Symbol of the first contacts between East and West, the Silk Road made it possible to deliver, spices, and precious stones. In some cases also ideas and inventions. It was through this harsh path that paper and compass from China reached Europe.

When the wave of oriental silk arrived in Rome, in the first century BC, the aristocratic patricians immediately understood the value of the newly discovered material.

More precious than the one made in Rome, since its process was unknown, they acknowledged it could only be imported.

Sericulture arrived in Southern Italy around the 10th century AD. But the biggest trade and subsequent production happened in the northern part of the country.

The heyday of Italian silk production was in the early 1900s, and while Italy doesn’t produce the cocoon anymore, its finished products and fabrics, especially those made in Como province, are among the most sought-after in the world.

The full process of making silk in Orgosolo

Silk weaving loom
Maria’s weaving loom. An important tool to make Orgosolo silk

Thanks to Maria, her small town still produces its cocoons. It’s a specific yellow type that has been named the “Orgosolo breed”. It hibernates for ten months, after which it feeds on mulberry leaves for 50 days.

Finally, it refuses to eat and starts building its cocoon perched on plants and branches. It takes 100 cocoons to make one single thread, and 2000 to make one headscarf.

Maria needs one whole year to make three headscarves. She tried to get the support of the local council but she’s been unsuccessful so far. “Of course, I want to preserve this tradition, it belongs to my family since the 16th century,” she told me. “But what can I do? I need to make a living too, don’t I?”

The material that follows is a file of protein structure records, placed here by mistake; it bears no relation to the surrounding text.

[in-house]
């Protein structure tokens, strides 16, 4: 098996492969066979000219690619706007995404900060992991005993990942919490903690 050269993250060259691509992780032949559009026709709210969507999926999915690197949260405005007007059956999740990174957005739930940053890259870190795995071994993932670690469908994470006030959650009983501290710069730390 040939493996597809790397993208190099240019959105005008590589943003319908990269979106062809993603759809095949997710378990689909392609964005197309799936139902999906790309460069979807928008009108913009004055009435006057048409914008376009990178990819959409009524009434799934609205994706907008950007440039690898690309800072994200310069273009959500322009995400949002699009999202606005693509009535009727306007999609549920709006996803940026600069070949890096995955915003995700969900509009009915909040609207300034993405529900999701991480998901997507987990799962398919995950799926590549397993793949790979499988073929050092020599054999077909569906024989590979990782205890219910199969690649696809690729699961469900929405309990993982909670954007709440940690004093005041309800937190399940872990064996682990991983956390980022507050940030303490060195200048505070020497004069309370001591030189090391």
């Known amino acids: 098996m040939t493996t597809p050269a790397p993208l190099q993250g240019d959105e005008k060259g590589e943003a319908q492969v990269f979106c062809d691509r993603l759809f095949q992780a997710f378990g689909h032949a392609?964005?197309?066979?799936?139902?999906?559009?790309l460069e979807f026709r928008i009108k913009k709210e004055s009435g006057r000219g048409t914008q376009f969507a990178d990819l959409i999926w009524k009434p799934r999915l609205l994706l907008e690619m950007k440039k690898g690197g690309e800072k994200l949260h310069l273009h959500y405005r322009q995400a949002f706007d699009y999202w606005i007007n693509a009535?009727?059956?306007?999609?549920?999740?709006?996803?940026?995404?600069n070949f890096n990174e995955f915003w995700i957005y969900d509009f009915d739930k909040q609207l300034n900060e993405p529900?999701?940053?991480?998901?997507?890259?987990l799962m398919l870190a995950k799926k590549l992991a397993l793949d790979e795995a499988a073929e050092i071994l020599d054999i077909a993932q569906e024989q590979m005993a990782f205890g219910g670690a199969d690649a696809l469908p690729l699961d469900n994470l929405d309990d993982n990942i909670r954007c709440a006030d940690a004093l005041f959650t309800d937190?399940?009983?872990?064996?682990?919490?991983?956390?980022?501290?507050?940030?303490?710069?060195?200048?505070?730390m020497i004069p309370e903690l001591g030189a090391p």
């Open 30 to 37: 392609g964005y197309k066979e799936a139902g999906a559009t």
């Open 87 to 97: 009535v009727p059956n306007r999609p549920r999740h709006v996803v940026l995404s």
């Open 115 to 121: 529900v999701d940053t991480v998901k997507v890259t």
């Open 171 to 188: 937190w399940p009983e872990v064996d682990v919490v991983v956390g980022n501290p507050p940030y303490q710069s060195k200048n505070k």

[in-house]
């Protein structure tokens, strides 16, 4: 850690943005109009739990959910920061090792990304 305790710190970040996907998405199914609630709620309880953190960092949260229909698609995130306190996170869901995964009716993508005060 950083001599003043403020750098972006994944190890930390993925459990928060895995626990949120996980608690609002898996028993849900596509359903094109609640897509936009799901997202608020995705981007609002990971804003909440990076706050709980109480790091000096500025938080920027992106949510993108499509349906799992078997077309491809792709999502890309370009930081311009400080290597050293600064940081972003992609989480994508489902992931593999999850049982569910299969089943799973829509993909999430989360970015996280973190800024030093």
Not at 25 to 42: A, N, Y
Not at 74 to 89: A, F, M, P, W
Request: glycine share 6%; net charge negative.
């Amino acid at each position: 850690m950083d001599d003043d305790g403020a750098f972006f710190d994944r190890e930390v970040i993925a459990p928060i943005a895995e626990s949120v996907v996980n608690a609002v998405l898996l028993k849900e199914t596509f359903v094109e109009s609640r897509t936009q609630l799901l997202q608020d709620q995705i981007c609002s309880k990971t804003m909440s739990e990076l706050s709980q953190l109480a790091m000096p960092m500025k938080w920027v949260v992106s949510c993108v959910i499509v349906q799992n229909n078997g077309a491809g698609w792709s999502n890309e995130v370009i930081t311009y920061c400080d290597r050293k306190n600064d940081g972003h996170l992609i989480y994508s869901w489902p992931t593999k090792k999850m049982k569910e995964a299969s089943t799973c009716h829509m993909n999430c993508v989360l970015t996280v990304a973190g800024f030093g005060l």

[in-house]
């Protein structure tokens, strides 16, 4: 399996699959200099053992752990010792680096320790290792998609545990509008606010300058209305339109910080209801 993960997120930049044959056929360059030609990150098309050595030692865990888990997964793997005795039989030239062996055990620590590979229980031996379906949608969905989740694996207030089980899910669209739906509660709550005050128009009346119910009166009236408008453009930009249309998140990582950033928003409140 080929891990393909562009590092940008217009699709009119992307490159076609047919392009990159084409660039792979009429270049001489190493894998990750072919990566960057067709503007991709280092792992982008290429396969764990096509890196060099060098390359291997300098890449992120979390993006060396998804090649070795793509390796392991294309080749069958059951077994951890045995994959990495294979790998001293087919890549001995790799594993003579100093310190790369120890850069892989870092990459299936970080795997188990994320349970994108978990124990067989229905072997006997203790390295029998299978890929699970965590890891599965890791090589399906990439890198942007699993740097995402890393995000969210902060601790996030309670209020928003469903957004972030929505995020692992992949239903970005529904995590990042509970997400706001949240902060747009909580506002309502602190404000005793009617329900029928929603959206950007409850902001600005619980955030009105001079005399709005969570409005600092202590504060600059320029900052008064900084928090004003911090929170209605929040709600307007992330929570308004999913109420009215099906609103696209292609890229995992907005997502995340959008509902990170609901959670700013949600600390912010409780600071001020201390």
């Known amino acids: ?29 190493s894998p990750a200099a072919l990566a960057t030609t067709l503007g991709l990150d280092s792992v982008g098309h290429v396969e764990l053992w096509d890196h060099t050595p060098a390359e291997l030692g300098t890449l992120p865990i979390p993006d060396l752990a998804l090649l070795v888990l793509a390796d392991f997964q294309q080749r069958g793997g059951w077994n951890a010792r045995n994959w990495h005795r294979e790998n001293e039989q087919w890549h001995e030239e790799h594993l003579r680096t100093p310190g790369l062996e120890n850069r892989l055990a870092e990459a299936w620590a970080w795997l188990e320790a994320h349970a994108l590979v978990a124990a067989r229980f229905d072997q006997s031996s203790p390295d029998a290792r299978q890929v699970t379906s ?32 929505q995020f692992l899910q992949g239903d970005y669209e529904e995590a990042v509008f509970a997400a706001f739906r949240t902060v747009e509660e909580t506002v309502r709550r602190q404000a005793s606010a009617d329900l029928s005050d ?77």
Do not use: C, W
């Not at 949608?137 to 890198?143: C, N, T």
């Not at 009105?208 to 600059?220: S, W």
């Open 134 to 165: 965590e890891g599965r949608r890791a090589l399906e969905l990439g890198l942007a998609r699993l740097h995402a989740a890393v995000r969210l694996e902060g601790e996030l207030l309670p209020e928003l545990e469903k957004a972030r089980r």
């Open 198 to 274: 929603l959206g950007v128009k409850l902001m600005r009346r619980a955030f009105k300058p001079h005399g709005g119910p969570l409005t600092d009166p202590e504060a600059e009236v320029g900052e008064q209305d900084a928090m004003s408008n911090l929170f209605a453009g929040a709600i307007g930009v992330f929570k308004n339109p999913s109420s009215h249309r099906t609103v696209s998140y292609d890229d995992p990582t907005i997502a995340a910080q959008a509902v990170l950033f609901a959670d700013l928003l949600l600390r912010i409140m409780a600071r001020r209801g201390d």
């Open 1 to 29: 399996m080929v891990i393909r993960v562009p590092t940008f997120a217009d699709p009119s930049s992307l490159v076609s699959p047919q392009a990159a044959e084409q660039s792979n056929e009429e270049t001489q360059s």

The ideal for Maria would be to receive a sponsorship from local authorities to maintain a museum lab. Here she can weave and sell her products as well as show visitors and teach other local girls about her family’s handicrafts.

“I would love to teach how to raise the worms, get the thread and weave it,” she said.”But given the current economic situation, I really don’t feel like creating future unemployed women.”

She has a small museum and she charges a symbolic 3€ for a demonstration and an explanation of her art. But she doesn’t know for how long she will be able to keep it alive.

It’s sad to think about endangered ancient traditions. But it’s somehow encouraging to see there are people who still fight for them.

about me: Angela Corrias
About the author

I'm Angela Corrias, an Italian journalist, photographer, and travel writer located in the heart of Italy's capital. Welcome to my website, your comprehensive source for your travels and expert guidance for crafting your dream travel experience.

18 thoughts on “The silk weavers of Orgosolo: a tradition at risk of disappearing”

  1. It is such a shame when you see traditional ways of life disappearing. I hope that she manages to get the funding. Its amazing how labour intensive the whole process is.

  2. The headscarf is what drew me in as well. It’s beautiful, yet I would have thought it Middle Eastern rather than Italian. I suppose the world really is small…

    • Sophie, that’s true actually, Sardinia has had a Moorish presence in the Middle Ages, and we kept (and improved :P) many aspects of their society, such as food, names, words and also clothing style. This was the daily dress for all women of all ages in the past, today less but you can still find some women wearing it. You might think it’s not exactly comfortable and handy (at least I think so!), but they manage to do all the house chores dressed like this, so they must feel comfy :)

  3. Modernization is everywhere and I see Sardinia is no exception. Big kudos to Maria for taking a step to preserving a tradition!!! Its the rare and generous few who take a stand that keeps the past alive. Fascinating article, by the way – learned something new about silk.

  4. I would definitely make a visit to Maria’s museum. It’s so interesting to learn about Sardinia’s silk production and weaving. The jewelry that Maria makes is beautiful.